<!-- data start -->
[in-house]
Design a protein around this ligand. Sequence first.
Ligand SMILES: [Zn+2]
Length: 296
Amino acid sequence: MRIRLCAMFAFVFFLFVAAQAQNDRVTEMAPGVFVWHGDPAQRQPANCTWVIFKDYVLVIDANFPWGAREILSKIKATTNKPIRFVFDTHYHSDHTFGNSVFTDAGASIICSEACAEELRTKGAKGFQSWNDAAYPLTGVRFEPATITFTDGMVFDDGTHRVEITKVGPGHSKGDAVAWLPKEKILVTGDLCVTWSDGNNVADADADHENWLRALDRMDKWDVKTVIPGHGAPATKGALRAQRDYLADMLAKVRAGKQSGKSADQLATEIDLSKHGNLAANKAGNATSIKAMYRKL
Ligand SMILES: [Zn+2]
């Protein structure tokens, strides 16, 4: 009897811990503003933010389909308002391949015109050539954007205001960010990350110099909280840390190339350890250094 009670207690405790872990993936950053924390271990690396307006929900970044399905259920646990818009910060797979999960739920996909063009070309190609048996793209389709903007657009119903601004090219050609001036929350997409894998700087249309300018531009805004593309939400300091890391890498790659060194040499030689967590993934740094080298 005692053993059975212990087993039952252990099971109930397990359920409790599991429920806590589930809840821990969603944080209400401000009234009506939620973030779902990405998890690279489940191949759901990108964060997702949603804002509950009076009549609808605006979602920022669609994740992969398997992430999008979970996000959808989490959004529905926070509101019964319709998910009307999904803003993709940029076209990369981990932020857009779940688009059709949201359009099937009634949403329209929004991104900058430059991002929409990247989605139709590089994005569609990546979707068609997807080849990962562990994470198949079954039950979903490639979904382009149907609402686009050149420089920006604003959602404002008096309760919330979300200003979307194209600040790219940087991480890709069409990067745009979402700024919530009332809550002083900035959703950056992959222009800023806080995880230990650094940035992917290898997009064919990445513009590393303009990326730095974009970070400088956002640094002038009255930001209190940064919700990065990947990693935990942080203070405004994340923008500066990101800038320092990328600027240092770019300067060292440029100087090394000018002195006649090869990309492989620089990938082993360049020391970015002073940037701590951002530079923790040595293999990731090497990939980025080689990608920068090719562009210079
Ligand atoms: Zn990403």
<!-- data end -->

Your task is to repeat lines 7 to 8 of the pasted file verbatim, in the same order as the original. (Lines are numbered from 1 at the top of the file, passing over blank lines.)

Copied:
């Protein structure tokens, strides 16, 4: 009897811990503003933010389909308002391949015109050539954007205001960010990350110099909280840390190339350890250094 009670207690405790872990993936950053924390271990690396307006929900970044399905259920646990818009910060797979999960739920996909063009070309190609048996793209389709903007657009119903601004090219050609001036929350997409894998700087249309300018531009805004593309939400300091890391890498790659060194040499030689967590993934740094080298 005692053993059975212990087993039952252990099971109930397990359920409790599991429920806590589930809840821990969603944080209400401000009234009506939620973030779902990405998890690279489940191949759901990108964060997702949603804002509950009076009549609808605006979602920022669609994740992969398997992430999008979970996000959808989490959004529905926070509101019964319709998910009307999904803003993709940029076209990369981990932020857009779940688009059709949201359009099937009634949403329209929004991104900058430059991002929409990247989605139709590089994005569609990546979707068609997807080849990962562990994470198949079954039950979903490639979904382009149907609402686009050149420089920006604003959602404002008096309760919330979300200003979307194209600040790219940087991480890709069409990067745009979402700024919530009332809550002083900035959703950056992959222009800023806080995880230990650094940035992917290898997009064919990445513009590393303009990326730095974009970070400088956002640094002038009255930001209190940064919700990065990947990693935990942080203070405004994340923008500066990101800038320092990328600027240092770019300067060292440029100087090394000018002195006649090869990309492989620089990938082993360049020391970015002073940037701590951002530079923790040595293999990731090497990939980025080689990608920068090719562009210079
Ligand atoms: Zn990403």